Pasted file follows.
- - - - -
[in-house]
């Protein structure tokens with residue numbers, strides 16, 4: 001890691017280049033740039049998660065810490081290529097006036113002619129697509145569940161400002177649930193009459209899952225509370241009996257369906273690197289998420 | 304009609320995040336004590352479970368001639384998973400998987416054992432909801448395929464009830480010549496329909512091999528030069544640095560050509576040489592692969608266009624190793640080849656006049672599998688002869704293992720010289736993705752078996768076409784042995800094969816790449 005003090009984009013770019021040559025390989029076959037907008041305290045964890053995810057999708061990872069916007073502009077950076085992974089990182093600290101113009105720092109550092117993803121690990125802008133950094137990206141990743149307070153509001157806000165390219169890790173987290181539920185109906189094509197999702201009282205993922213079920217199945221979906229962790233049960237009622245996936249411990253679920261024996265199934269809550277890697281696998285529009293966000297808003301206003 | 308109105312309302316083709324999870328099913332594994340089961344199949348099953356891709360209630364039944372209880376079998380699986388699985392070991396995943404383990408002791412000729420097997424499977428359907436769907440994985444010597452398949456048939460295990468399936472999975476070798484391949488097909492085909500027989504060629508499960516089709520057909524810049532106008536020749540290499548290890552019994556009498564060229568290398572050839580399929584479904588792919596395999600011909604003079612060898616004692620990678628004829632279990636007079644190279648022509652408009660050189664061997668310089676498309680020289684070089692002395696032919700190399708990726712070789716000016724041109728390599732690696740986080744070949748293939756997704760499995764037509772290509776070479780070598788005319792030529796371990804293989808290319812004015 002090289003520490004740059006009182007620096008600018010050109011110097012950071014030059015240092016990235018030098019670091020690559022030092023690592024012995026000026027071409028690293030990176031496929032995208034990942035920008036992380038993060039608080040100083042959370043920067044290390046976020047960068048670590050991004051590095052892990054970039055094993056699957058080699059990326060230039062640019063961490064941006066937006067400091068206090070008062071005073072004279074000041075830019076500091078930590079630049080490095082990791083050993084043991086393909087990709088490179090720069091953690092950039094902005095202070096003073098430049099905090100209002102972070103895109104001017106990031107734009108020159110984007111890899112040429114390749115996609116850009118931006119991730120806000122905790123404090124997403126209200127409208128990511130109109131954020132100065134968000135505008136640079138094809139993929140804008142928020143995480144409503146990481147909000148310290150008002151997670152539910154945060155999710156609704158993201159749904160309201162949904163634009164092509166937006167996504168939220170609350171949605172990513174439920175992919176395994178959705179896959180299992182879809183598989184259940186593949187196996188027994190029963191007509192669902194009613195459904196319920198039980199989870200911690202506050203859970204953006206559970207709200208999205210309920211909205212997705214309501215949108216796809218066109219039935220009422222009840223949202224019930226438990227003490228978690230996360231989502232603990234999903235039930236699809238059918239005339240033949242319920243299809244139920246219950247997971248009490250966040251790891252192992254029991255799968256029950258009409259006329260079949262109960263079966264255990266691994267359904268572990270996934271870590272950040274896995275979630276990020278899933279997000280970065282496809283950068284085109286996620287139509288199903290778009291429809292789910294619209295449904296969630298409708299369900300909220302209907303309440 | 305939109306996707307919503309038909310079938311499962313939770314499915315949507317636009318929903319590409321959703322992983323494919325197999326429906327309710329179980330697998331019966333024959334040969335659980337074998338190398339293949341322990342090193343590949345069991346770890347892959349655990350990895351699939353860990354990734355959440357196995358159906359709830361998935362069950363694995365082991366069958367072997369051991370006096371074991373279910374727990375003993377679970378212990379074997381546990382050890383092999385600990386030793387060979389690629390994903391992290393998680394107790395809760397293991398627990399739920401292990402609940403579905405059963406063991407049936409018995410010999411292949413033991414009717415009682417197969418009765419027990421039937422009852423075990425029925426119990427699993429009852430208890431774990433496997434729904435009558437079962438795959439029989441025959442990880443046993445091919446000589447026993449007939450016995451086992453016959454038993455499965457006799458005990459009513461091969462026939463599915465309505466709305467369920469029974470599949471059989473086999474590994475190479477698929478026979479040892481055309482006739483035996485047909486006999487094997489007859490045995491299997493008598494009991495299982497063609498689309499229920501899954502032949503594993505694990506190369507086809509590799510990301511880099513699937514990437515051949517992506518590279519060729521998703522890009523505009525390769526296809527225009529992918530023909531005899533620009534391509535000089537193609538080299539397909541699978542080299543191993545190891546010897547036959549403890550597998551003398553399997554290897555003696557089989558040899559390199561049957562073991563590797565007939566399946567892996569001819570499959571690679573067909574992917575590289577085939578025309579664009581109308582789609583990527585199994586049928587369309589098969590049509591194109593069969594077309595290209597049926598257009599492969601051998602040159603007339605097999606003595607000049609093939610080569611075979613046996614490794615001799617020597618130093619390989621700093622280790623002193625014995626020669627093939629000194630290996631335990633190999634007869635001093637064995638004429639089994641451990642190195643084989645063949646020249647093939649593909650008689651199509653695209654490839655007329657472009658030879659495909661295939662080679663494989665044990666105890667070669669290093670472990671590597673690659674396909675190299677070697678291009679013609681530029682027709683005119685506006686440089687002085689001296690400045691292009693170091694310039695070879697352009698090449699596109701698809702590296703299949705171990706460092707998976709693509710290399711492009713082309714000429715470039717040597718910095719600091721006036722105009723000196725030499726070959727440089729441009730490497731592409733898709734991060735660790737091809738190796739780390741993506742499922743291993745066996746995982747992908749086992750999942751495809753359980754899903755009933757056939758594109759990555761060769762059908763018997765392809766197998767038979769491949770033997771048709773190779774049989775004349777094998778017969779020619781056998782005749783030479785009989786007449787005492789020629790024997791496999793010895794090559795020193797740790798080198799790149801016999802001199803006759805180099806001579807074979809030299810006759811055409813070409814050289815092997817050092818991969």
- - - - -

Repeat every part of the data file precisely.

[in-house]
């Protein structure tokens with residue numbers, strides 16, 4: 001890691017280049033740039049998660065810490081290529097006036113002619129697509145569940161400002177649930193009459209899952225509370241009996257369906273690197289998420 | 304009609320995040336004590352479970368001639384998973400998987416054992432909801448395929464009830480010549496329909512091999528030069544640095560050509576040489592692969608266009624190793640080849656006049672599998688002869704293992720010289736993705752078996768076409784042995800094969816790449 005003090009984009013770019021040559025390989029076959037907008041305290045964890053995810057999708061990872069916007073502009077950076085992974089990182093600290101113009105720092109550092117993803121690990125802008133950094137990206141990743149307070153509001157806000165390219169890790173987290181539920185109906189094509197999702201009282205993922213079920217199945221979906229962790233049960237009622245996936249411990253679920261024996265199934269809550277890697281696998285529009293966000297808003301206003 | 308109105312309302316083709324999870328099913332594994340089961344199949348099953356891709360209630364039944372209880376079998380699986388699985392070991396995943404383990408002791412000729420097997424499977428359907436769907440994985444010597452398949456048939460295990468399936472999975476070798484391949488097909492085909500027989504060629508499960516089709520057909524810049532106008536020749540290499548290890552019994556009498564060229568290398572050839580399929584479904588792919596395999600011909604003079612060898616004692620990678628004829632279990636007079644190279648022509652408009660050189664061997668310089676498309680020289684070089692002395696032919700190399708990726712070789716000016724041109728390599732690696740986080744070949748293939756997704760499995764037509772290509776070479780070598788005319792030529796371990804293989808290319812004015 002090289003520490004740059006009182007620096008600018010050109011110097012950071014030059015240092016990235018030098019670091020690559022030092023690592024012995026000026027071409028690293030990176031496929032995208034990942035920008036992380038993060039608080040100083042959370043920067044290390046976020047960068048670590050991004051590095052892990054970039055094993056699957058080699059990326060230039062640019063961490064941006066937006067400091068206090070008062071005073072004279074000041075830019076500091078930590079630049080490095082990791083050993084043991086393909087990709088490179090720069091953690092950039094902005095202070096003073098430049099905090100209002102972070103895109104001017106990031107734009108020159110984007111890899112040429114390749115996609116850009118931006119991730120806000122905790123404090124997403126209200127409208128990511130109109131954020132100065134968000135505008136640079138094809139993929140804008142928020143995480144409503146990481147909000148310290150008002151997670152539910154945060155999710156609704158993201159749904160309201162949904163634009164092509166937006167996504168939220170609350171949605172990513174439920175992919176395994178959705179896959180299992182879809183598989184259940186593949187196996188027994190029963191007509192669902194009613195459904196319920198039980199989870200911690202506050203859970204953006206559970207709200208999205210309920211909205212997705214309501215949108216796809218066109219039935220009422222009840223949202224019930226438990227003490228978690230996360231989502232603990234999903235039930236699809238059918239005339240033949242319920243299809244139920246219950247997971248009490250966040251790891252192992254029991255799968256029950258009409259006329260079949262109960263079966264255990266691994267359904268572990270996934271870590272950040274896995275979630276990020278899933279997000280970065282496809283950068284085109286996620287139509288199903290778009291429809292789910294619209295449904296969630298409708299369900300909220302209907303309440 | 305939109306996707307919503309038909310079938311499962313939770314499915315949507317636009318929903319590409321959703322992983323494919325197999326429906327309710329179980330697998331019966333024959334040969335659980337074998338190398339293949341322990342090193343590949345069991346770890347892959349655990350990895351699939353860990354990734355959440357196995358159906359709830361998935362069950363694995365082991366069958367072997369051991370006096371074991373279910374727990375003993377679970378212990379074997381546990382050890383092999385600990386030793387060979389690629390994903391992290393998680394107790395809760397293991398627990399739920401292990402609940403579905405059963406063991407049936409018995410010999411292949413033991414009717415009682417197969418009765419027990421039937422009852423075990425029925426119990427699993429009852430208890431774990433496997434729904435009558437079962438795959439029989441025959442990880443046993445091919446000589447026993449007939450016995451086992453016959454038993455499965457006799458005990459009513461091969462026939463599915465309505466709305467369920469029974470599949471059989473086999474590994475190479477698929478026979479040892481055309482006739483035996485047909486006999487094997489007859490045995491299997493008598494009991495299982497063609498689309499229920501899954502032949503594993505694990506190369507086809509590799510990301511880099513699937514990437515051949517992506518590279519060729521998703522890009523505009525390769526296809527225009529992918530023909531005899533620009534391509535000089537193609538080299539397909541699978542080299543191993545190891546010897547036959549403890550597998551003398553399997554290897555003696557089989558040899559390199561049957562073991563590797565007939566399946567892996569001819570499959571690679573067909574992917575590289577085939578025309579664009581109308582789609583990527585199994586049928587369309589098969590049509591194109593069969594077309595290209597049926598257009599492969601051998602040159603007339605097999606003595607000049609093939610080569611075979613046996614490794615001799617020597618130093619390989621700093622280790623002193625014995626020669627093939629000194630290996631335990633190999634007869635001093637064995638004429639089994641451990642190195643084989645063949646020249647093939649593909650008689651199509653695209654490839655007329657472009658030879659495909661295939662080679663494989665044990666105890667070669669290093670472990671590597673690659674396909675190299677070697678291009679013609681530029682027709683005119685506006686440089687002085689001296690400045691292009693170091694310039695070879697352009698090449699596109701698809702590296703299949705171990706460092707998976709693509710290399711492009713082309714000429715470039717040597718910095719600091721006036722105009723000196725030499726070959727440089729441009730490497731592409733898709734991060735660790737091809738190796739780390741993506742499922743291993745066996746995982747992908749086992750999942751495809753359980754899903755009933757056939758594109759990555761060769762059908763018997765392809766197998767038979769491949770033997771048709773190779774049989775004349777094998778017969779020619781056998782005749783030479785009989786007449787005492789020629790024997791496999793010895794090559795020193797740790798080198799790149801016999802001199803006759805180099806001579807074979809030299810006759811055409813070409814050289815092997817050092818991969």